When his political movement wins the elections the Commissar will become a minister, first of some irrelevant and arbitrary post, then of police. The Minister, who became a Commissar in an army that grew out of resistance to the dreaded pass laws, the identity documents, will sanction the victimisation of black people throughout the land who do not carry similar documents. He will tell the nation that it is an effort to keep levels of crime down, that by weeding out the illegal immigrants in the country, it will help to weed out crime. It is ironic that it will be easier to identify and repatriate black illegal immigrants. It is perhaps a little more ironic that it is easier to harass and victimise black nationals in an effort to weed out the illegal immigrants.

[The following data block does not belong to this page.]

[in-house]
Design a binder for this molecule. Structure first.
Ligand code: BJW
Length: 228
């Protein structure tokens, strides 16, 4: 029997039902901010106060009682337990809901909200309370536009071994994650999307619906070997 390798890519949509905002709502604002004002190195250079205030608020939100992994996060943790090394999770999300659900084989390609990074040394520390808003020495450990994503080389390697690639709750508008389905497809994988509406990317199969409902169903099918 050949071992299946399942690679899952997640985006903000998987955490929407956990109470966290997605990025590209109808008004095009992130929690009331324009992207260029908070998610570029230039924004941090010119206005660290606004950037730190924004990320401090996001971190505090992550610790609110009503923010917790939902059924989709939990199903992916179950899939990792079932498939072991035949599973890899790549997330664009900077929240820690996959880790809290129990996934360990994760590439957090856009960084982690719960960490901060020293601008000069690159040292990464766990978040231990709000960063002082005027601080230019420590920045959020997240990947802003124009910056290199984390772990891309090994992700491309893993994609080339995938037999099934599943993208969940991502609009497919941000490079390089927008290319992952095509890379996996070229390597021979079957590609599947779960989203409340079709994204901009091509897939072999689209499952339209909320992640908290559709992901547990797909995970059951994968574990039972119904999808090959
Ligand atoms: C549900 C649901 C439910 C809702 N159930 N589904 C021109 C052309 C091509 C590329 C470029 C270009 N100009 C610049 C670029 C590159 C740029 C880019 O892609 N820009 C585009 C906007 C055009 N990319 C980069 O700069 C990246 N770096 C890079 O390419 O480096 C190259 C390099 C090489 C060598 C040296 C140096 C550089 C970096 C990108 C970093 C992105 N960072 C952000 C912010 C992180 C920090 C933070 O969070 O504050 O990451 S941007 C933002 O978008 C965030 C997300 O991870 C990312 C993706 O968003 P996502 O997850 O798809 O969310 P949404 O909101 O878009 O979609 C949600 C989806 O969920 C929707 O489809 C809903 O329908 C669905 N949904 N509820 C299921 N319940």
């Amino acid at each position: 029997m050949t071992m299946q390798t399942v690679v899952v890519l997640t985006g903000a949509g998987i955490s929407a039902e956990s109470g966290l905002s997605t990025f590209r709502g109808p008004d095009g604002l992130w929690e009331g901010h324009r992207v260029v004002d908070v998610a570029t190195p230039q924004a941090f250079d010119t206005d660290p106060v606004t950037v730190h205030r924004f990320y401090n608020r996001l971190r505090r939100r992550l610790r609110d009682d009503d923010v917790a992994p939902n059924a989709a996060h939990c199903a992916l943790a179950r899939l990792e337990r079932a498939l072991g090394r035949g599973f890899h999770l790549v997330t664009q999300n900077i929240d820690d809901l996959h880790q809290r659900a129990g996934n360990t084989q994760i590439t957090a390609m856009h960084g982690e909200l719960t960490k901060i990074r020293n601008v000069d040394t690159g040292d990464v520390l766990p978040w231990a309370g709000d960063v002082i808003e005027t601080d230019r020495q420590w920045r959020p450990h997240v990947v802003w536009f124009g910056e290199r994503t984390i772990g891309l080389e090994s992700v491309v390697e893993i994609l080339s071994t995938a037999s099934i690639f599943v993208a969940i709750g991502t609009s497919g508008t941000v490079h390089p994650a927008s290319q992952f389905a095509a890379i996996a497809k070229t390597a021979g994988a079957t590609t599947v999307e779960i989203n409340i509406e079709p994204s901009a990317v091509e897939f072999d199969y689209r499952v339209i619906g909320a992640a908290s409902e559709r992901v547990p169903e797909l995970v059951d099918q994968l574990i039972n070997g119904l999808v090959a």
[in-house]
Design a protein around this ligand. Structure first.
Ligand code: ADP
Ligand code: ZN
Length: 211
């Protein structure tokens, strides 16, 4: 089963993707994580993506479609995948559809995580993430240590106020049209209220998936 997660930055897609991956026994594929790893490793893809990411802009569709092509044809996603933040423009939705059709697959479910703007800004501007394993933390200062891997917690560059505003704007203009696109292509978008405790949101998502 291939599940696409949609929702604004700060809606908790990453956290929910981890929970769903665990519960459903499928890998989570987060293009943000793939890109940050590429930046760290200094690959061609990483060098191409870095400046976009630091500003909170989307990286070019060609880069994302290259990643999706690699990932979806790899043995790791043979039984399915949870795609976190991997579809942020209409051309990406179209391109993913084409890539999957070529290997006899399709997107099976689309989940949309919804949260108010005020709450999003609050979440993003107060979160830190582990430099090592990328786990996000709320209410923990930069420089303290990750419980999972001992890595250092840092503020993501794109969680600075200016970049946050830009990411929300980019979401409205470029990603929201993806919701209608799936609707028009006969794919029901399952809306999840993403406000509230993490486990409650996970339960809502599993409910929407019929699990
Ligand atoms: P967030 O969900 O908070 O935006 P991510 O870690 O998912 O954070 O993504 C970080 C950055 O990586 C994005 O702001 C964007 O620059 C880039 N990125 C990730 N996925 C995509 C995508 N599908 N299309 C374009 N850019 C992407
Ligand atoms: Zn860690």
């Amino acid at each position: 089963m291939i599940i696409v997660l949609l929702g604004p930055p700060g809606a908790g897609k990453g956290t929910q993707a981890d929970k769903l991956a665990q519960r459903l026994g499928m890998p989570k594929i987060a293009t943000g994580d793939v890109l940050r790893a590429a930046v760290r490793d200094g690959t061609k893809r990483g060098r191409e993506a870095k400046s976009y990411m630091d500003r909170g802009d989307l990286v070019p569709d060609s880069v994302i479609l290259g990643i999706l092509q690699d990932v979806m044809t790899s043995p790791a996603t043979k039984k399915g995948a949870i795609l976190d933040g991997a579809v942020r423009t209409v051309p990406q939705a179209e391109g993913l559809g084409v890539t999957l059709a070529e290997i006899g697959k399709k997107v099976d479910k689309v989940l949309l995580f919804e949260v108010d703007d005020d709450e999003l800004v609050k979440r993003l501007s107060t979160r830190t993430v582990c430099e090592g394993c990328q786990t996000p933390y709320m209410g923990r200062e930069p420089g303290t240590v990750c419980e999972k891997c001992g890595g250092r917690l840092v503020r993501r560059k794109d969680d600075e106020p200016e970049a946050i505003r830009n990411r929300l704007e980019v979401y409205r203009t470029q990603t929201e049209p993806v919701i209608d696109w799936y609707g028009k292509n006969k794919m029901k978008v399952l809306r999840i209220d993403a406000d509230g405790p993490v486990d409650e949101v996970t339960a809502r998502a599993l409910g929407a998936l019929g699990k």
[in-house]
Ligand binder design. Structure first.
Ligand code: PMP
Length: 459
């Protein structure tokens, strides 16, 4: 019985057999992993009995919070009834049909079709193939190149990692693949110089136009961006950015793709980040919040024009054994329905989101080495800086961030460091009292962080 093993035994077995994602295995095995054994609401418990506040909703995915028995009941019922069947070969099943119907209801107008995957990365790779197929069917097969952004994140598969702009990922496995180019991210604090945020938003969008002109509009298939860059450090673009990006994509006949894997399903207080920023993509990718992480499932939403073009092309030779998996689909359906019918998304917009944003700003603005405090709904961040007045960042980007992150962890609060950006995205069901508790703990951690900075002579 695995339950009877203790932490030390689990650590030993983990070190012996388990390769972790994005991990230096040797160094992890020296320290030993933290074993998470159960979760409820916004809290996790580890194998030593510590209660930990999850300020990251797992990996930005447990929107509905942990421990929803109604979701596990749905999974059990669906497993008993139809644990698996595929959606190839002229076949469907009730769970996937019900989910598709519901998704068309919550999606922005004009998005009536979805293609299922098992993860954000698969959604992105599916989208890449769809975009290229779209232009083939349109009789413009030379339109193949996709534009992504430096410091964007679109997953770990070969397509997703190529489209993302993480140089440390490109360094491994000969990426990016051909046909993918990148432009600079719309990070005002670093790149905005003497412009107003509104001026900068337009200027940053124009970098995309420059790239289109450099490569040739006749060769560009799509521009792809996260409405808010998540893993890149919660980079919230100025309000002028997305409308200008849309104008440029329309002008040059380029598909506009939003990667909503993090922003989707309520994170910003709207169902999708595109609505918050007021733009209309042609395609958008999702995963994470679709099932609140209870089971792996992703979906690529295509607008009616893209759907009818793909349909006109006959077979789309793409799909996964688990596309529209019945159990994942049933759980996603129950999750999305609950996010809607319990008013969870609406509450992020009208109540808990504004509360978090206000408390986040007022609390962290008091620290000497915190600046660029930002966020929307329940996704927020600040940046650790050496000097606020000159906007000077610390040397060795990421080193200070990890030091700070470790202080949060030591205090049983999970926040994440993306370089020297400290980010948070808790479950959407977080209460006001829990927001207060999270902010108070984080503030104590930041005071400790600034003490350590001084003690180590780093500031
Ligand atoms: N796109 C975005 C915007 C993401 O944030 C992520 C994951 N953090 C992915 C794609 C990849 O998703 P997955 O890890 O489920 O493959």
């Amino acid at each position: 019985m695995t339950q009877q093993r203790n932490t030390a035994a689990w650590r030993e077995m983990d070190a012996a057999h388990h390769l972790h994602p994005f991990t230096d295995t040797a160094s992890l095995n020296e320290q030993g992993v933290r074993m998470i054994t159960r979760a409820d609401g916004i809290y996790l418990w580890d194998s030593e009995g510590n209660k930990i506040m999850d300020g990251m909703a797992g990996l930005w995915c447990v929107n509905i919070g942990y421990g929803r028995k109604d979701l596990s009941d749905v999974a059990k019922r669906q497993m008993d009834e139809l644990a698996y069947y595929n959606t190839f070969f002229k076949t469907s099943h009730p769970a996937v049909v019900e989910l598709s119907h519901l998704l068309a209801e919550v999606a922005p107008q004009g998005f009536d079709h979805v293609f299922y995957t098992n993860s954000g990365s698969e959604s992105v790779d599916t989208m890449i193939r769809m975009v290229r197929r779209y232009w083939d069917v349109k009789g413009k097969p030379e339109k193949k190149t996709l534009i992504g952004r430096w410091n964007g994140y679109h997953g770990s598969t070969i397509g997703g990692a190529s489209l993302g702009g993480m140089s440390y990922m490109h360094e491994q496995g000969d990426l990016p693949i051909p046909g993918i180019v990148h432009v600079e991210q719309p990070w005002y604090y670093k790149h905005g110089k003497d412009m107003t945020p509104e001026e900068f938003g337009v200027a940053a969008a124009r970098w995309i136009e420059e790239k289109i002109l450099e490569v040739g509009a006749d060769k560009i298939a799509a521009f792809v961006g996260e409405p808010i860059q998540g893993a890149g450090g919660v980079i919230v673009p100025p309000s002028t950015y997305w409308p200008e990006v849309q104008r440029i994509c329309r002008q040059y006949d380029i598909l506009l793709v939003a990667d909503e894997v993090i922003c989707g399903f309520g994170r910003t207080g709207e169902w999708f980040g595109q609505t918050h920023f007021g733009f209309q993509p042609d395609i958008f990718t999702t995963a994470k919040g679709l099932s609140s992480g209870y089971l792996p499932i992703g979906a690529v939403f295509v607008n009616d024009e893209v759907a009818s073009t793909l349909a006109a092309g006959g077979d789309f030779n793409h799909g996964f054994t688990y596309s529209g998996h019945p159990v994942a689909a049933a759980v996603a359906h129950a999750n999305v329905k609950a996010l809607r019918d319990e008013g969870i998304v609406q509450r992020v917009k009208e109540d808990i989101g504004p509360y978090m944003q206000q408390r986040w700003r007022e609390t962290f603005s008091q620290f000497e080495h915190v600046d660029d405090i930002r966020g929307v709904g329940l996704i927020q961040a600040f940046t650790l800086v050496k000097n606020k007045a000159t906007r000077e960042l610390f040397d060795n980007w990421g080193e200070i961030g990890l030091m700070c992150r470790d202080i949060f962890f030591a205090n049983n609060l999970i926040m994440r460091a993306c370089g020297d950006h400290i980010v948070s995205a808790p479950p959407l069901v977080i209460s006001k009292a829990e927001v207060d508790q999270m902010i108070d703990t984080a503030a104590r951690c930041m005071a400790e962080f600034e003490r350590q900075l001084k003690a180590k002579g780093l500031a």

The man, who is incarcerated because he does not have his identity document, thinks on this. He sits on the floor of his crowded cell and weeps inwardly. He weeps because he knows his incarceration will cost him his job. It was coming already. He is after all the last black waiter at the restaurant. The rest all replaced by young people of East European decent. The manager of the restaurant said that the Europeans worked harder and confused the customers less with their accents.  Perhaps another man might smile at the irony, this man cannot. All he can do is weep, for he has lost more than his job. He has lost all hope. After all, what possible hope is left for a black man when he finds himself a victim, by virtue of colour, in what I supposed to be the most progressive of black-run states? So he sheds the tears of utter despair, of a life forlorn.